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People v. Pankey

OPINION FILED OCTOBER 8, 1981.

THE PEOPLE OF THE STATE OF ILLINOIS, PLAINTIFF-APPELLANT,

v.

JEFFREY D. PANKEY, DEFENDANT-APPELLEE.



APPEAL from the Circuit Court of Saline County; the Hon. MICHAEL J. HENSHAW, Judge, presiding.

MR. PRESIDING JUSTICE KASSERMAN DELIVERED THE OPINION OF THE COURT:

The State appeals from the order of the circuit court of Saline County dismissing an information charging defendant, Jeffrey Pankey, with aggravated battery. The information was dismissed by the court on the grounds that the prosecution was barred under section 3-4 of the Criminal Code of 1961 (Ill. Rev. Stat. 1979, ch. 38, par. 3-4) because defendant formerly had been prosecuted for the same offense. We affirm.

On June 11, 1980, Officer Gary Sadler issued an Illinois citation and complaint, similar in form to the document commonly referred to as a "traffic ticket." The complaint was in the name of the People of the State of Illinois, and it charged defendant with committing aggravated battery in violation of section 12-4 of the Criminal Code of 1961 (Ill. Rev. Stat. 1979, ch. 38, par. 12-4). The citation further recited that the offense took place on June 10, 1980, at 11:25 p.m. at the "Denny Residence/RR 2 Hbg.," and in it defendant was directed to appear before the court on or before July 7, 1980. Also printed prominently on the face of the form was: "TO BE CHANGED TO CRIMINAL COMPLAINT." Defendant was arrested and transported to the Saline County jail.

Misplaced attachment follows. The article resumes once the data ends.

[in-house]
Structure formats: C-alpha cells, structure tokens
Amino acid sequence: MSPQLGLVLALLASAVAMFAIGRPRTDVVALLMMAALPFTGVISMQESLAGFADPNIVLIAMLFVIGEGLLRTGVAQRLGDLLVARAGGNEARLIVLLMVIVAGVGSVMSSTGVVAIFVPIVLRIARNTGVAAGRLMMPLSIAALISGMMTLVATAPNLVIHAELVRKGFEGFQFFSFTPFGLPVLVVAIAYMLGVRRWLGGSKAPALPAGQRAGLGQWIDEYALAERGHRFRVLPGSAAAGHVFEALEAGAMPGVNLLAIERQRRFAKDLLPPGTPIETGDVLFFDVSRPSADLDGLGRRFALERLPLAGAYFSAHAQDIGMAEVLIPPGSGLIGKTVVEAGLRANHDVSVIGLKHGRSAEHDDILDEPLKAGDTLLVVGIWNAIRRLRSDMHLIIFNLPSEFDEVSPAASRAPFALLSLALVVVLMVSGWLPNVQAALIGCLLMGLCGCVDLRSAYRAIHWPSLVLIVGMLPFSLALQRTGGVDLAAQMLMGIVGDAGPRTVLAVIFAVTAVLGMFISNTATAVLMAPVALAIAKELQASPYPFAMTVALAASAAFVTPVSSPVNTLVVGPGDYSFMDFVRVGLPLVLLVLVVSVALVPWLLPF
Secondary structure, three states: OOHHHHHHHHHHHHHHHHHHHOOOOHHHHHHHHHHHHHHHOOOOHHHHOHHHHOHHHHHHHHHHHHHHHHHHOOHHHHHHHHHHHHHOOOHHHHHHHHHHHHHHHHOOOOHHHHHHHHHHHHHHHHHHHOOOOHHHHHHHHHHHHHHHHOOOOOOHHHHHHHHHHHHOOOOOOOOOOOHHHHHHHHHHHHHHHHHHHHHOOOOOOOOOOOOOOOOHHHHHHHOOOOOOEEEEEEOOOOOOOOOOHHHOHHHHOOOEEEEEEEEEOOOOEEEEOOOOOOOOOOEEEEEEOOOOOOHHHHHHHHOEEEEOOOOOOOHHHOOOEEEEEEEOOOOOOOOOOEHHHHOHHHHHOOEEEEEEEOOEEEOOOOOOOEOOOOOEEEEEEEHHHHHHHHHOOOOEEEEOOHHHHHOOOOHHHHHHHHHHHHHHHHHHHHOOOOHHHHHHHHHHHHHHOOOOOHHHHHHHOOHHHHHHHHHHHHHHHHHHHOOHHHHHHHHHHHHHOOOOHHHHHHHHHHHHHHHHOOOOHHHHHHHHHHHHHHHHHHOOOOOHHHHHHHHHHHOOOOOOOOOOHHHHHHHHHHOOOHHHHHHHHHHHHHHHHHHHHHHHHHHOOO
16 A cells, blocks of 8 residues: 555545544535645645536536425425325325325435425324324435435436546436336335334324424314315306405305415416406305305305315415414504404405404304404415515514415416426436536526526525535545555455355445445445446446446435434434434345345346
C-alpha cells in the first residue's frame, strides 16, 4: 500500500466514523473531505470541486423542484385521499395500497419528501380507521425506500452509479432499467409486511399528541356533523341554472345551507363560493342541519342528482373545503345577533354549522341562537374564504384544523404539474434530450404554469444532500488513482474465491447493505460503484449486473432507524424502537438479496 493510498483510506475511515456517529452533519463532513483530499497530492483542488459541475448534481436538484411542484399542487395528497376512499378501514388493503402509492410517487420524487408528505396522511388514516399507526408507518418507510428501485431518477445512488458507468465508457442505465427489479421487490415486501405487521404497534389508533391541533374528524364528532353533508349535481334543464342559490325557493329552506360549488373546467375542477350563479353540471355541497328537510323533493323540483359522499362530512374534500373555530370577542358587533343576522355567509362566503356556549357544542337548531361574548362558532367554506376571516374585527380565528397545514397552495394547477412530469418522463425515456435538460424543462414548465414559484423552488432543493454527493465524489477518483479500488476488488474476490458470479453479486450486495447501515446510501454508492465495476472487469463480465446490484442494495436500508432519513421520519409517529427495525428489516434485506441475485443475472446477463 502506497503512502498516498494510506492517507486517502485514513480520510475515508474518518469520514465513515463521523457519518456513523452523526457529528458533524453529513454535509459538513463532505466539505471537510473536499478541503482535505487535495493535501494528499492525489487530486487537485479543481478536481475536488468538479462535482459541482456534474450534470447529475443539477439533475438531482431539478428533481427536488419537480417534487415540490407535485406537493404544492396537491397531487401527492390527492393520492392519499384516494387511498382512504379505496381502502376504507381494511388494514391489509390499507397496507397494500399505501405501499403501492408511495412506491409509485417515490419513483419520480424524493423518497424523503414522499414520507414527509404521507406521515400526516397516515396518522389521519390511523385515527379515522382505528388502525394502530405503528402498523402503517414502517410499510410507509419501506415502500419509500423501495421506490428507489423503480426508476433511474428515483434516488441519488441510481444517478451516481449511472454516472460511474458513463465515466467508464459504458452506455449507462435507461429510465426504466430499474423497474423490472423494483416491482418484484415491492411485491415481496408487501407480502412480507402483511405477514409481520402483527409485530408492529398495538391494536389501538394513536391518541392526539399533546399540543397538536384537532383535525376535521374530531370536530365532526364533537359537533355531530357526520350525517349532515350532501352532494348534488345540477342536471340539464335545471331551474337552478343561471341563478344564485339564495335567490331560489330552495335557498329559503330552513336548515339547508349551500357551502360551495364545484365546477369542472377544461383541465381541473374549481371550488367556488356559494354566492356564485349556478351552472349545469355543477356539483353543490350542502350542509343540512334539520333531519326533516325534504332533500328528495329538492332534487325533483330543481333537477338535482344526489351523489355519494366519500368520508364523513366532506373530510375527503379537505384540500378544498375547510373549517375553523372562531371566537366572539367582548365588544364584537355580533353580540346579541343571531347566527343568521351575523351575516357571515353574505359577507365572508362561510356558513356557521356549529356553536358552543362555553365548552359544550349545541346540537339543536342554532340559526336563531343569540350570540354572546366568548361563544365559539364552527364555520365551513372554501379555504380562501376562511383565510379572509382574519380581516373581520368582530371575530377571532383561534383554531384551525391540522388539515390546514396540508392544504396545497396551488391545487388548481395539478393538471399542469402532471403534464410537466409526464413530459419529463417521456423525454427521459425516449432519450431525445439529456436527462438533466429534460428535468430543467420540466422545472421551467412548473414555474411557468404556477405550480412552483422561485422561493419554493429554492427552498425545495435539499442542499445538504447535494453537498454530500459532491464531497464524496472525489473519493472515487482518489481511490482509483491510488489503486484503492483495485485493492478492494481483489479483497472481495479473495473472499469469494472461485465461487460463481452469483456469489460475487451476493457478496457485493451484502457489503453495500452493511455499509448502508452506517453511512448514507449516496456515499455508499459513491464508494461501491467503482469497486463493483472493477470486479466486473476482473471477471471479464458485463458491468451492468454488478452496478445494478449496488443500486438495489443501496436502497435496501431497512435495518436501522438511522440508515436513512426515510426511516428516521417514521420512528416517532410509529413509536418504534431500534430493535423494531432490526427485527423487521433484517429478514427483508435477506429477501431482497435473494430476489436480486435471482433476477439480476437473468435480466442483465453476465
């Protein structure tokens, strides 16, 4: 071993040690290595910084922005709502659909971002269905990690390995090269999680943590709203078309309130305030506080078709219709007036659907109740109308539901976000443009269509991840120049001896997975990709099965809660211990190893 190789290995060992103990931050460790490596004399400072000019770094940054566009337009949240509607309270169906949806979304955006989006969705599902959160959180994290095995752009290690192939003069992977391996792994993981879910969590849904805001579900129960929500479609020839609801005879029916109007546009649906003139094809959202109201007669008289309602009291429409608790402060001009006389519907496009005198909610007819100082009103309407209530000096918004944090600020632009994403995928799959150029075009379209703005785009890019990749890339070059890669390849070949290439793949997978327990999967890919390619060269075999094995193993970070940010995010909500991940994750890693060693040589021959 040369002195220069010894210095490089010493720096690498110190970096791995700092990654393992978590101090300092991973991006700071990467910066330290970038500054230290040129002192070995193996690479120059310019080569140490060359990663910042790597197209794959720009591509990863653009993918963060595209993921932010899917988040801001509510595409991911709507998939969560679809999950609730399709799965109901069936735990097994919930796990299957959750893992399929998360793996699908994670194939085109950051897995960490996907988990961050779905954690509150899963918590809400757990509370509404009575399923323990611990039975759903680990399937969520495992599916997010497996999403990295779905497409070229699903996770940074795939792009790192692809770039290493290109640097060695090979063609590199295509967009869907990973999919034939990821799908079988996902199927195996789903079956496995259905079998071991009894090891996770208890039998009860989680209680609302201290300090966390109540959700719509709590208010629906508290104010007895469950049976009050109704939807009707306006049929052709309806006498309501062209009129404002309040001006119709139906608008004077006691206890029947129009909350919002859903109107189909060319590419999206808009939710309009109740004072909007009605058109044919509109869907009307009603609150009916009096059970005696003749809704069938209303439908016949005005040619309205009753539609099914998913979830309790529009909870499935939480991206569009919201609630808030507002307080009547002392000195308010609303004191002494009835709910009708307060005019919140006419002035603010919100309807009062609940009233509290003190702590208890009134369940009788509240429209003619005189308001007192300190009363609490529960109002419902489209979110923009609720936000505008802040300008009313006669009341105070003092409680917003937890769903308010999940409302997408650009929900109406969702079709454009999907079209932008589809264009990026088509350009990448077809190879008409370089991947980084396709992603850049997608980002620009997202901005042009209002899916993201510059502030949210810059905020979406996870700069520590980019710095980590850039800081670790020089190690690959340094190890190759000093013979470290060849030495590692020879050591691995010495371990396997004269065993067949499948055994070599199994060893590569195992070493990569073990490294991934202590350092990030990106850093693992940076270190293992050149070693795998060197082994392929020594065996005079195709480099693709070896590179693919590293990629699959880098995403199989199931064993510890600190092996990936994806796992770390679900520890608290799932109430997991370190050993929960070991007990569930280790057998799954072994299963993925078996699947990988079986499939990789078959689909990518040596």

On the same date, June 11, 1980, defendant appeared in court and pleaded guilty to the offense charged in the citation. Although no transcript was made of that proceeding, the envelope containing the court's copy of the citation reflects that defendant was fined $50 and ordered to pay $15 court costs. No representative of the State was present when defendant pleaded guilty and was fined.

On June 12, 1980, the State's Attorney filed an information charging defendant with aggravated battery. The information charged "[t]hat on June 10, 1980, in Saline County, Jeffrey D. Pankey committed the offense of AGGRAVATED BATTERY in that the said defendant in committing a Battery, in violation of Illinois Revised Statutes, Chapter 38, Section 12-3, without legal justification, knowingly caused great bodily harm to Cathy Denny, in that he struck Cathy Denny in the face with his fist in violation of Paragraph 12-4(a), Chapter 38, Illinois Revised Statutes." A warrant for defendant's arrest was also issued June 12, 1980.